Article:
August 12, 2010 2:44 AM
Posted By James Haywood
There are three key components to getting .Net 4.0 working inside of Max 2011...
- Recompile the mxsdotNet.dlx file using Visual Studio 2010.
- Modify the 3dsMax.exe.config file.
- Install the Visual C++ 2010 components.
I'll describe each in detail below, but first I should mention that this is not officially supported by Autodesk. So if you run into trouble because of it, you're on your own. Kind of like hacking your video card to make it run faster.
I've been running Max 2011 with .Net 4.0 WPF tools running within it for a couple months now without any noticable issues. But I can't gaurantee that this will be the case for everyone. And I've only been using the 64-bit version, although I can't think of why this wouldn't work with the 32-bit version as well. As for versions of Max before 2011, I have no idea if this will work or not.
So, on to the instructions...
1. Recompiling the mxsdotNet plugin is pretty straighforward. Just install the SDK, open the ...\samples\maxscript\mxsdotNet\mxsdotNet.sln file and compile. If you don't have Visual Studio 2010, you can download the already recompiled 64-bit version below.
2. Open the ...\Autodesk\3ds Max 2011\3dsmax.exe.config file in a text editor and add the following lines right before the closing </configuration> tag...
<supportedRuntime version="v4.0" sku=".NETFramework,Version=v4.0"/>
3. Lastly, if you haven't already installed Visual Studio 2010, you'll need to manually install the Visual C++ 2010 components. But if you have, then these should be installed for you already. You can download the installers here...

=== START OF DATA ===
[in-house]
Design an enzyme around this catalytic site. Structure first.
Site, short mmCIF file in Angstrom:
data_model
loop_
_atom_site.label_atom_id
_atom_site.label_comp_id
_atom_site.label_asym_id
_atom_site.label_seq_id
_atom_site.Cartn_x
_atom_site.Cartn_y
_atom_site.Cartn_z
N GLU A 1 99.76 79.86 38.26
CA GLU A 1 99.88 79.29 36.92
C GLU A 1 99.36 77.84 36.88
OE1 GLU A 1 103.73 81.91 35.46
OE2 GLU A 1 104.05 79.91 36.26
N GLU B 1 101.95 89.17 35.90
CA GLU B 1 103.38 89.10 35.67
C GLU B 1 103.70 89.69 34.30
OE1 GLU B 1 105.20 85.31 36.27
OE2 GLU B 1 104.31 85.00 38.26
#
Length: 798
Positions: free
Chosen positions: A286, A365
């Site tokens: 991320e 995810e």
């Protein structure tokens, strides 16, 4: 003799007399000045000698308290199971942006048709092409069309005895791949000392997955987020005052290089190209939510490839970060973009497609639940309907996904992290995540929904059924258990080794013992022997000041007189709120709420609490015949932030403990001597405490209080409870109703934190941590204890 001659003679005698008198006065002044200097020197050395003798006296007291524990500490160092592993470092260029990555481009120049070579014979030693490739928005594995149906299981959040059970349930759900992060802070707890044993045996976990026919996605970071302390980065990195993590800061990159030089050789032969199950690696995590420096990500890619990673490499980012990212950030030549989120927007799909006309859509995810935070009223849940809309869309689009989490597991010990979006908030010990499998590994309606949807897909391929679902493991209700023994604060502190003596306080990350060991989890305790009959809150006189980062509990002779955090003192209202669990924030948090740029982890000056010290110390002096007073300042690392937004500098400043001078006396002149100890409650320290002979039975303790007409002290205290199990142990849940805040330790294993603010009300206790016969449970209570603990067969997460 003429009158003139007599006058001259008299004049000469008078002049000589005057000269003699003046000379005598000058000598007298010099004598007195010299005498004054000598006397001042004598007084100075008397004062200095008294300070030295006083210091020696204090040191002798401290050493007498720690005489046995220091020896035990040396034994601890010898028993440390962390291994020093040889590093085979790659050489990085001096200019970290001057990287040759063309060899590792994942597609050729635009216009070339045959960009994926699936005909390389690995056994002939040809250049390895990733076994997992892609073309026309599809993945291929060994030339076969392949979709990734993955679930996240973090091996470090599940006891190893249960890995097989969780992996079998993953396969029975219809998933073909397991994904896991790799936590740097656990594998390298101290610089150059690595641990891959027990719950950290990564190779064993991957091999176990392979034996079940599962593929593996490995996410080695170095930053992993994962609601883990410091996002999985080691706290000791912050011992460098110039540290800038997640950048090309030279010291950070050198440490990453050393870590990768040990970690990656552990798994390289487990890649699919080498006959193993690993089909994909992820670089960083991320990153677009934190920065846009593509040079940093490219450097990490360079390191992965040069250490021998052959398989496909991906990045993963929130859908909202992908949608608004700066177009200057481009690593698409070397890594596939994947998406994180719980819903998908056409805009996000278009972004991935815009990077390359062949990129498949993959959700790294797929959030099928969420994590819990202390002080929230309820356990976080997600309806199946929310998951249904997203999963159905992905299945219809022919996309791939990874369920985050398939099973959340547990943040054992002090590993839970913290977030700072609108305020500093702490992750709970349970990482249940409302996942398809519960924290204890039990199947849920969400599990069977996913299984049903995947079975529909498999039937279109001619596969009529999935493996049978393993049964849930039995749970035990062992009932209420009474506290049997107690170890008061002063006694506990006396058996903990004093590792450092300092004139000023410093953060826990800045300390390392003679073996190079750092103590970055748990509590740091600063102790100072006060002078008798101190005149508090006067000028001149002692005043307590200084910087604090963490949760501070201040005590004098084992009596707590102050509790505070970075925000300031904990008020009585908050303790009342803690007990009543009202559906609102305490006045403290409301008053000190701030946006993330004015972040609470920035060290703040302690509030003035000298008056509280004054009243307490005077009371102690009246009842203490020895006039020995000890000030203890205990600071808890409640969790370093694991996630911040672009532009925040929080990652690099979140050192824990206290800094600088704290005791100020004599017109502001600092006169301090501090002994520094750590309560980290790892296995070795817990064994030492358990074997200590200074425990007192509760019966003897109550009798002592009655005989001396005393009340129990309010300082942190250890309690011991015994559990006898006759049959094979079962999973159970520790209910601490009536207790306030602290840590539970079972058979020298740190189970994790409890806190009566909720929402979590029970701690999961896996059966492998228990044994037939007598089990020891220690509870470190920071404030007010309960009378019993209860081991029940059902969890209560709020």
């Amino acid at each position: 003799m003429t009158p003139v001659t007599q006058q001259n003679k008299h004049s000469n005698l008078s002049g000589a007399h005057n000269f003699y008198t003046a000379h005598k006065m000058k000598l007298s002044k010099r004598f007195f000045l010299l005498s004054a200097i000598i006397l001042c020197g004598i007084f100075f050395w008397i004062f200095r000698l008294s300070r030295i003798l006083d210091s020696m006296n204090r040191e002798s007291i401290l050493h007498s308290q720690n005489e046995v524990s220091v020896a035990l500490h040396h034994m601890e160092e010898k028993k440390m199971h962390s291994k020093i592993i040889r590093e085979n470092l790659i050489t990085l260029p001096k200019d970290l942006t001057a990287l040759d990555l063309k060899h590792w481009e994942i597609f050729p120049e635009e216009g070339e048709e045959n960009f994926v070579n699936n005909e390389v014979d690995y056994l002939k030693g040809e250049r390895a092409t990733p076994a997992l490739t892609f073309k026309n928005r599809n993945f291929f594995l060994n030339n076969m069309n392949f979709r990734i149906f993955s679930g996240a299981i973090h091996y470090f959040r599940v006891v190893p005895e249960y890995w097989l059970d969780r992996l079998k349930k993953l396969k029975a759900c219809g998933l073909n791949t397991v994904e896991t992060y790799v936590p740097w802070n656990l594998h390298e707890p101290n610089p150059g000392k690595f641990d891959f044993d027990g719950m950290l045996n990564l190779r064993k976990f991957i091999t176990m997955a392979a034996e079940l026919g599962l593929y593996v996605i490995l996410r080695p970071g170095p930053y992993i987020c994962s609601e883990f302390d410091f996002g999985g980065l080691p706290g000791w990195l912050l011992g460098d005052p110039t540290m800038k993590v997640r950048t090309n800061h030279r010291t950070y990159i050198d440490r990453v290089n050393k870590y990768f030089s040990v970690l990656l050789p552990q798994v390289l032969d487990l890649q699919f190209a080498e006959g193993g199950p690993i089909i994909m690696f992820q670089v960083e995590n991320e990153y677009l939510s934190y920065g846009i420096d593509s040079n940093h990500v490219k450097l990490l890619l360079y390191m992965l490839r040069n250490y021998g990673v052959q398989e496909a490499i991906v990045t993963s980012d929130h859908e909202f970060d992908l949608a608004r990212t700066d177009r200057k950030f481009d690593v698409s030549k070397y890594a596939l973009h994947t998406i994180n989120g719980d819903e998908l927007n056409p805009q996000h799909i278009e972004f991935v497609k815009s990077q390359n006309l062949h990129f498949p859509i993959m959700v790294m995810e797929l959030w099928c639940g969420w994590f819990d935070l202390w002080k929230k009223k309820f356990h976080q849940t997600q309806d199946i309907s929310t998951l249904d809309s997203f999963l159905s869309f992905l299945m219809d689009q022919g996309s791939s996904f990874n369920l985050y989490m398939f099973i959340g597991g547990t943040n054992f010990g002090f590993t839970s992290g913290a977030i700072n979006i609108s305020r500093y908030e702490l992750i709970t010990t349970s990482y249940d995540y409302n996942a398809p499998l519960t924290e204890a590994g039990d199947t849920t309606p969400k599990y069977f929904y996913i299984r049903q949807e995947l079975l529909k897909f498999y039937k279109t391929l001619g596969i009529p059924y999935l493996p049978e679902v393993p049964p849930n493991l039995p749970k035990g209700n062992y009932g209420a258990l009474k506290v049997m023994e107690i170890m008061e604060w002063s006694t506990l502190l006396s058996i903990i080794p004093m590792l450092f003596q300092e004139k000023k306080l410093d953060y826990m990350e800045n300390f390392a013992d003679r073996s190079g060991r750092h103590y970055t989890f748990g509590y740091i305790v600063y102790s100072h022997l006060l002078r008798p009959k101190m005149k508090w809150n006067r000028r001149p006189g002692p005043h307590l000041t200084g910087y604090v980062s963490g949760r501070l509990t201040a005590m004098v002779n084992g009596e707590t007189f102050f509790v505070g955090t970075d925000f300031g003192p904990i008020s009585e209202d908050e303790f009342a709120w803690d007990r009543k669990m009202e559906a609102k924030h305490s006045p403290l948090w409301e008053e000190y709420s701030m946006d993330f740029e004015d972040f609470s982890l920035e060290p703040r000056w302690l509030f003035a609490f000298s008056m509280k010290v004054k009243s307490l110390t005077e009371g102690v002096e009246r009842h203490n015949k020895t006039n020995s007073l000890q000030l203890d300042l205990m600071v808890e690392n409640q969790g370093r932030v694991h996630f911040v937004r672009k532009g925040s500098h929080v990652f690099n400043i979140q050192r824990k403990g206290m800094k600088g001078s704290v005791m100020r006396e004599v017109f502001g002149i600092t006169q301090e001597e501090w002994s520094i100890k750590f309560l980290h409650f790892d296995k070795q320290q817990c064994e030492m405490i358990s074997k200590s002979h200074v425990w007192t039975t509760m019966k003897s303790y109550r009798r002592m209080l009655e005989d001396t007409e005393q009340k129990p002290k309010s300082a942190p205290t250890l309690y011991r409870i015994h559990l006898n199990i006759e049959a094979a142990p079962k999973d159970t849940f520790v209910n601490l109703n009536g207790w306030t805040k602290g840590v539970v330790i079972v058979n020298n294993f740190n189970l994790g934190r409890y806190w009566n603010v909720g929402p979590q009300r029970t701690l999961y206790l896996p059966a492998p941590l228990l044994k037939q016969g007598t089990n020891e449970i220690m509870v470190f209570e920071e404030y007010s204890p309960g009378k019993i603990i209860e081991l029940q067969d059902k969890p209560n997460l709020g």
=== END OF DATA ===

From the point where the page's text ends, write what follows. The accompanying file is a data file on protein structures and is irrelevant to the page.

And that's it. Once you've got all the necessary files modified correctly, you'll be able to load and use .Net 4.0 assemblies directly in Max. The DataGridView control alone is worth the effort.
Download 64-bit .Net plugin and config file here.
July 13, 2010 11:12 AM
Posted By James Haywood
You may or may not know about the autocomplete feature available in the MaxScript Editor (as of version 9 or so, I forget when it was changed exactly). It's very helpful when scripting to cut down on typos and to speed things up over all (for another way to speed up script creation, check out Johan's blog post about using abbreviations).
To enable it, select "Open Global Options File" in the "Tools" menu. Then do a search for "autocomplete" and change or insert the following lines...
You can see what each line actually does by reading the MaxScript help doc. After you save the file, you'll see the autocomplete popup menu as you type when there is only one other word in the current script that mathces what you've typed up to that point. Then just press Enter to fill out the rest of the word. You can also press Ctrl-Enter at any time while you're typing to bring up a list of possible matches which you can then select from using the up/down arrow keys.
While that alone is pretty handy, wouldn't it be useful if autocomplete didn't just look for words within the current script, but was able to match against any MaxScript command too? Well it can. You just need to provide an api file for it to use which lists all of the commands. Unfortunately, Autodesk doesn't provide one with Max, but I've made a script that will create one for you.